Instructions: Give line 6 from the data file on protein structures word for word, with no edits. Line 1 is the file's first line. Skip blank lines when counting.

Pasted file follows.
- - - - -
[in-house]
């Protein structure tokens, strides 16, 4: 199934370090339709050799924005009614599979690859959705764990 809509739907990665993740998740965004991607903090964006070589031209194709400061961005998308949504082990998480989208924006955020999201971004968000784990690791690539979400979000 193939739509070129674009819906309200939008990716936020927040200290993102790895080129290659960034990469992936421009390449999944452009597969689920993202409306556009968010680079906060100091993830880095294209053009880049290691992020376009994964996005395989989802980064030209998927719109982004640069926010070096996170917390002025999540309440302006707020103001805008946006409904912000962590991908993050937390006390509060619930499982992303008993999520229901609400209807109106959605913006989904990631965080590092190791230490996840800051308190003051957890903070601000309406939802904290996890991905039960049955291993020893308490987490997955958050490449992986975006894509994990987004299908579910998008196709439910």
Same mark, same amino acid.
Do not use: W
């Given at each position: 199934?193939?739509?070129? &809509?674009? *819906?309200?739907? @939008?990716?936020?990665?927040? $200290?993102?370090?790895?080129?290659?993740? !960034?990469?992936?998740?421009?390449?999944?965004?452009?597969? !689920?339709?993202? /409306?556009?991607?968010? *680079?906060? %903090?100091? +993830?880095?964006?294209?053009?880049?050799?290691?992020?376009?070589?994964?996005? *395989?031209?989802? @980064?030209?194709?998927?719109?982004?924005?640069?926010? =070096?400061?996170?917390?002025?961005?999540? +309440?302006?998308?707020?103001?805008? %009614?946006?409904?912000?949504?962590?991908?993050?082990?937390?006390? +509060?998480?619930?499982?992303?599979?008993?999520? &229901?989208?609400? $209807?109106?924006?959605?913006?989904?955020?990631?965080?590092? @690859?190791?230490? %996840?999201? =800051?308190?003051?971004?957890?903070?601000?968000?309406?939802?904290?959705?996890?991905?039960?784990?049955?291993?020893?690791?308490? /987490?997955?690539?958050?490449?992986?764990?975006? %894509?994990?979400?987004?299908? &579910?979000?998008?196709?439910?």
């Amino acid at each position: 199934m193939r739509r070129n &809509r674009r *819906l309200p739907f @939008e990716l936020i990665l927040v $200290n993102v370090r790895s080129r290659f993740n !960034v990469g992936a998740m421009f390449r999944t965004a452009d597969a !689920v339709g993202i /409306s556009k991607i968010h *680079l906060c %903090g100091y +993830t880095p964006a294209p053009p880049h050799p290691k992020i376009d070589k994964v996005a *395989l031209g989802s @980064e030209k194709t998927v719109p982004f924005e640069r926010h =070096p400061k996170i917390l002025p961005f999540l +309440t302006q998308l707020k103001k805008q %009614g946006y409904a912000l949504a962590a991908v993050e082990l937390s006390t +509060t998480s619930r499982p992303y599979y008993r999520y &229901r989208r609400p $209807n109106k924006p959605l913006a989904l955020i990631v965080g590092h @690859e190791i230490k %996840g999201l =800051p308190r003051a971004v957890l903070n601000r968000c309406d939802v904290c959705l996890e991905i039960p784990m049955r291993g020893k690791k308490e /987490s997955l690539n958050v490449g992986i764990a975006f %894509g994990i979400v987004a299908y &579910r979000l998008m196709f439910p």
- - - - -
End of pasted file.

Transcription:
């Amino acid at each position: 199934m193939r739509r070129n &809509r674009r *819906l309200p739907f @939008e990716l936020i990665l927040v $200290n993102v370090r790895s080129r290659f993740n !960034v990469g992936a998740m421009f390449r999944t965004a452009d597969a !689920v339709g993202i /409306s556009k991607i968010h *680079l906060c %903090g100091y +993830t880095p964006a294209p053009p880049h050799p290691k992020i376009d070589k994964v996005a *395989l031209g989802s @980064e030209k194709t998927v719109p982004f924005e640069r926010h =070096p400061k996170i917390l002025p961005f999540l +309440t302006q998308l707020k103001k805008q %009614g946006y409904a912000l949504a962590a991908v993050e082990l937390s006390t +509060t998480s619930r499982p992303y599979y008993r999520y &229901r989208r609400p $209807n109106k924006p959605l913006a989904l955020i990631v965080g590092h @690859e190791i230490k %996840g999201l =800051p308190r003051a971004v957890l903070n601000r968000c309406d939802v904290c959705l996890e991905i039960p784990m049955r291993g020893k690791k308490e /987490s997955l690539n958050v490449g992986i764990a975006f %894509g994990i979400v987004a299908y &579910r979000l998008m196709f439910p």